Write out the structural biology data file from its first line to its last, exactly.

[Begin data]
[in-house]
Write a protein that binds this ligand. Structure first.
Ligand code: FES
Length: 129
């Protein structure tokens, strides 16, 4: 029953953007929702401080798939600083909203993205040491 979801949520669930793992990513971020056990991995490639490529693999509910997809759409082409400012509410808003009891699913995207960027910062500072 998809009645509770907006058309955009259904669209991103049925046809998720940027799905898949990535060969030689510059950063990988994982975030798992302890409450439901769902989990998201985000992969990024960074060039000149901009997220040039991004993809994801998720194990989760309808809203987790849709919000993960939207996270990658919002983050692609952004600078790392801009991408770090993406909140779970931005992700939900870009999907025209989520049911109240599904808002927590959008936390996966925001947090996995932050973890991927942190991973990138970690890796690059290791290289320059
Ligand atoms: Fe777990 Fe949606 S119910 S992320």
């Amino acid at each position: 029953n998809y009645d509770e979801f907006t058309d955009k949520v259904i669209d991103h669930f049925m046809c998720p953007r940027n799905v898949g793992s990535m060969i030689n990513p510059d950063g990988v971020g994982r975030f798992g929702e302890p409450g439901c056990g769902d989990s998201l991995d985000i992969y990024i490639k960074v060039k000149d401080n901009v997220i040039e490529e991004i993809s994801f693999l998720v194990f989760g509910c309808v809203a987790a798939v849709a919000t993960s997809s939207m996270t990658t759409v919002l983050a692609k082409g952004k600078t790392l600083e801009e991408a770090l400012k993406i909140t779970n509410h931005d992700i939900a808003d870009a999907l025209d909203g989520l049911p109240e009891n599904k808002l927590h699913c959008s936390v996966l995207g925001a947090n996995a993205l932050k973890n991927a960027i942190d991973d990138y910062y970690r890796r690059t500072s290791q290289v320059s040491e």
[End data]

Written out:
[in-house]
Write a protein that binds this ligand. Structure first.
Ligand code: FES
Length: 129
């Protein structure tokens, strides 16, 4: 029953953007929702401080798939600083909203993205040491 979801949520669930793992990513971020056990991995490639490529693999509910997809759409082409400012509410808003009891699913995207960027910062500072 998809009645509770907006058309955009259904669209991103049925046809998720940027799905898949990535060969030689510059950063990988994982975030798992302890409450439901769902989990998201985000992969990024960074060039000149901009997220040039991004993809994801998720194990989760309808809203987790849709919000993960939207996270990658919002983050692609952004600078790392801009991408770090993406909140779970931005992700939900870009999907025209989520049911109240599904808002927590959008936390996966925001947090996995932050973890991927942190991973990138970690890796690059290791290289320059
Ligand atoms: Fe777990 Fe949606 S119910 S992320």
């Amino acid at each position: 029953n998809y009645d509770e979801f907006t058309d955009k949520v259904i669209d991103h669930f049925m046809c998720p953007r940027n799905v898949g793992s990535m060969i030689n990513p510059d950063g990988v971020g994982r975030f798992g929702e302890p409450g439901c056990g769902d989990s998201l991995d985000i992969y990024i490639k960074v060039k000149d401080n901009v997220i040039e490529e991004i993809s994801f693999l998720v194990f989760g509910c309808v809203a987790a798939v849709a919000t993960s997809s939207m996270t990658t759409v919002l983050a692609k082409g952004k600078t790392l600083e801009e991408a770090l400012k993406i909140t779970n509410h931005d992700i939900a808003d870009a999907l025209d909203g989520l049911p109240e009891n599904k808002l927590h699913c959008s936390v996966l995207g925001a947090n996995a993205l932050k973890n991927a960027i942190d991973d990138y910062y970690r890796r690059t500072s290791q290289v320059s040491e």